The CA partially granted respondent’s certiorari petition and reversed and set aside the assailed NLRC issuances. Preliminarily, the CA found that CESCO was engaged in labor-only contracting in view of the following circumstances: (a) there was absolutely no evidence to show that CESCO exercised control over its workers, as it was CEPALCO that established the working procedure and methods, supervised CESCO’s workers, and evaluated them; (b) there is no substantial evidence to show that CESCO had substantial capitalization as it only had a paid-up capital of P51,000.00 as of May 30, 1984, and there was nothing on CESCO’s list of machineries and equipment that could have been used for the performance of the meter-reading activities contracted out to it; and ( c) the workers of CESCO performed activities that are directly related to CEPALCO’s main line of business.47 Moreover, while CESCO presented a Certificate of Registration with the Department of Labor and Employment, the CA held that it was not a conclusive evidence of CESCO’s status as an independent contractor. Consequently, the workers hired by CESCO pursuant to the service contract for the meter-reading activities were declared regular employees of CEPALCO. The motion for reconsideration was denied. Thus, the petition.


  1. Whether or not the union has the legal standing to demand regularization for the employees of the contractor
  1. Whether or not there is labor-only contracting

SC Ruling:

The SC found the petition partly meritorious.

Labor-only contracting is considered as a form of ULP when the same is devised by the employer to “interfere with, restrain or coerce employees in the exercise of their rights to self-organization.” Article 259 of the Labor Code, as amended, which enumerates certain prohibited activities constitutive of ULP one which refers to contracting out services or functions being performed by union members when such will interfere with, restrain or coerce employees in the exercise of their rights to self-organization.

The Court agrees with the CA that CEPALCO was engaged in labor-only contracting as the subject contracts with CESCO fit the criteria provided for in Section 5 of DO 18-02 prohibiting labor-only contracting. To be specific, petitioners failed to show that CESCO has substantial capital or investment which relates to the job, work or service to be performed.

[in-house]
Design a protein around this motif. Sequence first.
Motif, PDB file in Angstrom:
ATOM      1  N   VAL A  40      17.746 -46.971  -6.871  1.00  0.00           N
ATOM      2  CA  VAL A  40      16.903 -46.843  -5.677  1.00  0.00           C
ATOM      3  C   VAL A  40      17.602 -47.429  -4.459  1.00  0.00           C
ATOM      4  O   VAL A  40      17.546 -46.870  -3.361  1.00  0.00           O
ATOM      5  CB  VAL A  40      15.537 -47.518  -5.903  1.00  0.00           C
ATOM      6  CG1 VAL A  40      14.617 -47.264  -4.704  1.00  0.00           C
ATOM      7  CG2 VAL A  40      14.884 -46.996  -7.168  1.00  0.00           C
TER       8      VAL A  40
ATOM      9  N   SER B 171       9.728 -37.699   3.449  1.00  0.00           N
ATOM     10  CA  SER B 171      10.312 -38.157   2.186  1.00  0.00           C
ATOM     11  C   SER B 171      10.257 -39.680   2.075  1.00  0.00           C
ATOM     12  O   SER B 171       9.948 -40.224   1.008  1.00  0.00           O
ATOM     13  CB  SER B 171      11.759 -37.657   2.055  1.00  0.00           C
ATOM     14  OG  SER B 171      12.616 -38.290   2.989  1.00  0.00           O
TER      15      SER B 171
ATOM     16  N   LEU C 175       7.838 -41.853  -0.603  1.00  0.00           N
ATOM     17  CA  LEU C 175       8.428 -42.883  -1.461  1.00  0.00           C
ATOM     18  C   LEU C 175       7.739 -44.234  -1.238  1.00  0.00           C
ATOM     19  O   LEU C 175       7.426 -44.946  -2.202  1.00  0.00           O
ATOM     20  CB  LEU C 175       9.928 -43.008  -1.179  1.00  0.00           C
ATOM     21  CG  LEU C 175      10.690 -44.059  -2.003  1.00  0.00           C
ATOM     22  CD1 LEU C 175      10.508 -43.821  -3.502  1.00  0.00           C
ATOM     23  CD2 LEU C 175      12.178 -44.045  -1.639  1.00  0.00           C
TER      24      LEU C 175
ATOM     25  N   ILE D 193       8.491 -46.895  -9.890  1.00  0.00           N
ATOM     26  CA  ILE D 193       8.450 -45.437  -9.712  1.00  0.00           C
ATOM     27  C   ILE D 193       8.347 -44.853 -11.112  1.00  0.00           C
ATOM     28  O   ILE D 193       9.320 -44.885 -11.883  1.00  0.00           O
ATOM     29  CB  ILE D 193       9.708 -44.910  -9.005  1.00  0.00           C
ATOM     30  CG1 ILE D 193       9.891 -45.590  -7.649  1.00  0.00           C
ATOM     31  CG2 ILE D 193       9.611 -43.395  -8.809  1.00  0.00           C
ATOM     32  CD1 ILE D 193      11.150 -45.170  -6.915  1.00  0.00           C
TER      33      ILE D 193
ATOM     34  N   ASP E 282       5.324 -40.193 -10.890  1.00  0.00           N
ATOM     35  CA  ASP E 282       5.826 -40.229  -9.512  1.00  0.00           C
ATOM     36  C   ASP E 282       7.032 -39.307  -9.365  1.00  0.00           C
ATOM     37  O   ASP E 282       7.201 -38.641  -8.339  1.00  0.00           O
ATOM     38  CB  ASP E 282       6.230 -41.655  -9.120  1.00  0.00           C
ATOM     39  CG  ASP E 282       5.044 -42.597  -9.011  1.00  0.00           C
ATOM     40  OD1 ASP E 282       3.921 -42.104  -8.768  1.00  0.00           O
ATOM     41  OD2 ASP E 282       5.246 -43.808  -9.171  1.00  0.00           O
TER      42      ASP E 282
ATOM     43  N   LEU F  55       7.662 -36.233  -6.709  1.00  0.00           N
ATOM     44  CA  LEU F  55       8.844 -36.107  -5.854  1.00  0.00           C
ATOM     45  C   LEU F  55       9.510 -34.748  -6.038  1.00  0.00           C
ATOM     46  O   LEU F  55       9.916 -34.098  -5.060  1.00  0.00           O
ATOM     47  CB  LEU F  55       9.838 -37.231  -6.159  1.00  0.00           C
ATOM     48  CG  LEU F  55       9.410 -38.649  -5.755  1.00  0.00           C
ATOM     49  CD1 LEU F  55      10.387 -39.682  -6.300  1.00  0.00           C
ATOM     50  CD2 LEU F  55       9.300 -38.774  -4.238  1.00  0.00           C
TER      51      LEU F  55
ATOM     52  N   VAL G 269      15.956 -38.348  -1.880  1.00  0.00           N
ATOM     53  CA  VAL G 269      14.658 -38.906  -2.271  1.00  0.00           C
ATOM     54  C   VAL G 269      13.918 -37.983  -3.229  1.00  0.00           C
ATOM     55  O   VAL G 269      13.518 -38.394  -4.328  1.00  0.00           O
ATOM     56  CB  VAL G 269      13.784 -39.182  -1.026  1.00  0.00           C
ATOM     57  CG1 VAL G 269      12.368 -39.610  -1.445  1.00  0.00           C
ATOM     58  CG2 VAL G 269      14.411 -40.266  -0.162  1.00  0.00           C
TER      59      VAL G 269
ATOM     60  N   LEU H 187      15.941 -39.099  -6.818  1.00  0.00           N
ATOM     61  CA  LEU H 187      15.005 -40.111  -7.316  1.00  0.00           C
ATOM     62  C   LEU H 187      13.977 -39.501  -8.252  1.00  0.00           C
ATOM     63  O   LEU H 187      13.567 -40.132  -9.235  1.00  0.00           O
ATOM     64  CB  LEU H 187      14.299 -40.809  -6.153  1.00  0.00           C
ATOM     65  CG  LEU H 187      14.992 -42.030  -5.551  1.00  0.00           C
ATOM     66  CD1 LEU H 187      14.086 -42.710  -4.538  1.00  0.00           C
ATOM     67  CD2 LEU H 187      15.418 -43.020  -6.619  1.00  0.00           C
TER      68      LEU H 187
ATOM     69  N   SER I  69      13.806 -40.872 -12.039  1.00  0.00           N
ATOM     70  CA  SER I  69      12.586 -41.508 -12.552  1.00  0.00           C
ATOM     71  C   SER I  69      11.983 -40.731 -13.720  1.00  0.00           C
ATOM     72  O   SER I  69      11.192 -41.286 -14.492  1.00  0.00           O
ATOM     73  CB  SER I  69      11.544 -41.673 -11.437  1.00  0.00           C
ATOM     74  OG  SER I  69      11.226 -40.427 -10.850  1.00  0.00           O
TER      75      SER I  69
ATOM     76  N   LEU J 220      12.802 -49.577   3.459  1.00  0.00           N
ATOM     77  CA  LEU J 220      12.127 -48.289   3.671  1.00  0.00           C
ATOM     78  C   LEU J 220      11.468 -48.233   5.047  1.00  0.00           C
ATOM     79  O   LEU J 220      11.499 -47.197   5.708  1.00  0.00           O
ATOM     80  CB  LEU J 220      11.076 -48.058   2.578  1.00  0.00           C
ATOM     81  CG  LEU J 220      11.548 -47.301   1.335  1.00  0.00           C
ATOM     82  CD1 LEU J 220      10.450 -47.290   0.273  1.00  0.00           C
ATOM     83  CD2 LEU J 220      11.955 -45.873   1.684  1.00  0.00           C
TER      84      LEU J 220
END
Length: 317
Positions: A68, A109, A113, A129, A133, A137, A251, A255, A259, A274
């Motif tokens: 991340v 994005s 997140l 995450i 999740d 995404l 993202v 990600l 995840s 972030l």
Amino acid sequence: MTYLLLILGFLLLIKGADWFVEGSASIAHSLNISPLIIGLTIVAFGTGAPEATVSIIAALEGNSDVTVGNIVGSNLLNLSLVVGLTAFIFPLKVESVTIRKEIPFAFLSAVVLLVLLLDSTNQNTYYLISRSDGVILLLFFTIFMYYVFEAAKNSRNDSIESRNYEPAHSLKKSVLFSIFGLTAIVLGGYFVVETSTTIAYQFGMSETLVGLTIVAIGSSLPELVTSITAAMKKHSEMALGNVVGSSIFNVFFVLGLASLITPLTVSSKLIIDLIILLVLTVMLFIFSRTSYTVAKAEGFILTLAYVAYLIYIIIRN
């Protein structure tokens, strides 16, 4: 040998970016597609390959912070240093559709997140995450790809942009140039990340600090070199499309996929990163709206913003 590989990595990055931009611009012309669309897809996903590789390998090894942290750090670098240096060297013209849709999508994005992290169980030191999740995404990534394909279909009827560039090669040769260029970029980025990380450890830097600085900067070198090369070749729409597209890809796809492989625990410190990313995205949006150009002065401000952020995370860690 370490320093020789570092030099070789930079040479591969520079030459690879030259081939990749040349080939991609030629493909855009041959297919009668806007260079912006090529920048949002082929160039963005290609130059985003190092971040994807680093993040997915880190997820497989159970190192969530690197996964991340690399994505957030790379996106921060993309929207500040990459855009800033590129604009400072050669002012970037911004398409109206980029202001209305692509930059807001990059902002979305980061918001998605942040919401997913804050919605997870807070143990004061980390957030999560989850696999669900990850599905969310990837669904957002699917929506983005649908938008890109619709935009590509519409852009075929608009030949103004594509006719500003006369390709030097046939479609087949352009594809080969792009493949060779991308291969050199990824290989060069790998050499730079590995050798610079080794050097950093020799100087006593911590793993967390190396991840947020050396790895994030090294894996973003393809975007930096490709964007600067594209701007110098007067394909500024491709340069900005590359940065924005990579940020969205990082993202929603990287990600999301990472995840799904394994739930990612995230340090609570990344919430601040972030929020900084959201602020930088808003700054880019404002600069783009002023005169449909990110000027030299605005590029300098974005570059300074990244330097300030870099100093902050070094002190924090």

There is no available document to show CESCO’s authorized capital stock at the time of the contracting out of CEP ALCO’s meter-reading activities to CESCO on February 19, 2007. The increases in its authorized capital stock and paid-up capital were only made after November 26, 2008, hence, are only relevant with regard to the time CEPALCO contracted out its warehousing works to CESCO on January 5, 2010. It is also evident that meter-reading is a job that is directly related to the main business of CEPALCO, considering that the latter is an electric distribution utility, which is necessarily tasked with the evaluation and appraisal of meters in order to bill its clients.

More significantly, records are devoid of evidence to prove that the work undertaken in· furtherance of the meter-reading contract was made under the sole control and supervision of CESCO. Instead, as noted81 by the CA, it was CEPALCO that established the working procedure and methods and supervised CESCO’s workers in their tasks.

The SC also observes that while respondent did ask for the nullification of the subject contracts between petitioners, and even sought that the employees provided by CESCO to CEPALCO be declared as the latter’s own employees, respondent is not a real party-in-interest and hence, had no legal standing insofar as these matters are concerned.

This is because respondent failed to demonstrate how it stands to be benefited or injured by a judgment on the same, or that any personal or direct injury would be sustained by it if these reliefs were not granted.